The Cap acts as a solid backstop behind all other climate policies. Over time, the limits are tighter until we’ve hit our targets and launched a clean-energy economy. Trade allows companies to swap pollution permits using an auction market for pollution “allowances.”
All kinds of legislation can move us toward our climate goals; energy efficiency standards for vehicles and appliances, smart-growth plans, building codes, tax credits for renewable energy, public investment in energy research and development, utility regulatory reforms.
But the cap in Cap and trade is the only guarantee that we get there. There is no substitute for the certainty of an emissions cap.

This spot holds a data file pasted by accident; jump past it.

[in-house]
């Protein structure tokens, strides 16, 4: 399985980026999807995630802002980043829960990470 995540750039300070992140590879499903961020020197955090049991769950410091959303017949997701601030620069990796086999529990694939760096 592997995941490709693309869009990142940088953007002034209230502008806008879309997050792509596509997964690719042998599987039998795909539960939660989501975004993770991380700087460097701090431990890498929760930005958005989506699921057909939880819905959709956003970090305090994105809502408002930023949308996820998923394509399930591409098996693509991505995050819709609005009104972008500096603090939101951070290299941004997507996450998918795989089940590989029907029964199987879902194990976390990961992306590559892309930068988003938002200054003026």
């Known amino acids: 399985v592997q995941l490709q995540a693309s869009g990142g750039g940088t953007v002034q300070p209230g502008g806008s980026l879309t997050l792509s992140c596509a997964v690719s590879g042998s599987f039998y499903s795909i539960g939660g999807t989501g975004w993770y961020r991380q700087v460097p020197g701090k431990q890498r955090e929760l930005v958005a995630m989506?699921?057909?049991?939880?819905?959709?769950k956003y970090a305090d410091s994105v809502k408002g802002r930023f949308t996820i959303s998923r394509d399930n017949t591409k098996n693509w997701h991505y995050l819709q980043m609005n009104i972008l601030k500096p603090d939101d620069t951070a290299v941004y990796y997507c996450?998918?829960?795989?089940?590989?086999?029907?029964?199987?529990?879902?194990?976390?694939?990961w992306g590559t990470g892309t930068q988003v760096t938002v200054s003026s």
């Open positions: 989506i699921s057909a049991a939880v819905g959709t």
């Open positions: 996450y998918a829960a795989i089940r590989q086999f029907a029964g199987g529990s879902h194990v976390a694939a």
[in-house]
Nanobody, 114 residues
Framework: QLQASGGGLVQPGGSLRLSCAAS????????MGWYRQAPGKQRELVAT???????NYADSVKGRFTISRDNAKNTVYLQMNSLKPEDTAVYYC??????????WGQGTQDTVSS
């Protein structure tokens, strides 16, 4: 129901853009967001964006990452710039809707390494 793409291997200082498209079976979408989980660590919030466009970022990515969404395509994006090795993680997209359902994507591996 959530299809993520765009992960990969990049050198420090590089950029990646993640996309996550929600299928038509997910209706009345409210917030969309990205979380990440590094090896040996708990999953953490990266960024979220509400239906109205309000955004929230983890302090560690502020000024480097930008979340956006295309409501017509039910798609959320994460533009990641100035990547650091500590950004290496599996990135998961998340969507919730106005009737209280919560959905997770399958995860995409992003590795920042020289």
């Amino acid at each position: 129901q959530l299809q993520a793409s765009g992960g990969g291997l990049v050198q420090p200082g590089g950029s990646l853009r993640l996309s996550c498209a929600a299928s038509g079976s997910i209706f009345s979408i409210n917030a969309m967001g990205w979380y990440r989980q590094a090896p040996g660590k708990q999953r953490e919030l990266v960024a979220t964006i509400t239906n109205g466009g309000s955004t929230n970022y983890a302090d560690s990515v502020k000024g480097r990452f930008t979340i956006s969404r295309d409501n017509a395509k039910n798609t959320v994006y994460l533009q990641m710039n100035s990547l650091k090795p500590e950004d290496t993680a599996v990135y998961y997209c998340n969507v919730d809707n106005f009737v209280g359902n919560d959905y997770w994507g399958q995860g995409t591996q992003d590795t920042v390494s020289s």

Trade hitches the flexible power of the marketplace—the mobilized ingenuity of millions of diverse, dispersed, innovative, self interested people—to our climate goals. The point of such a trading system is to put a price on pollution that will travel throughout the economy, motivating businesses and families to find ways to trim greenhouse gases.
By turning the permission to pollute into a commodity that is bought and sold, everyone up and down the economic ladder gets new opportunities to make and save money by switching to a low carbon economy.
So Cap and Trade combines guaranteed results (Cap) with flexible means (Trade).
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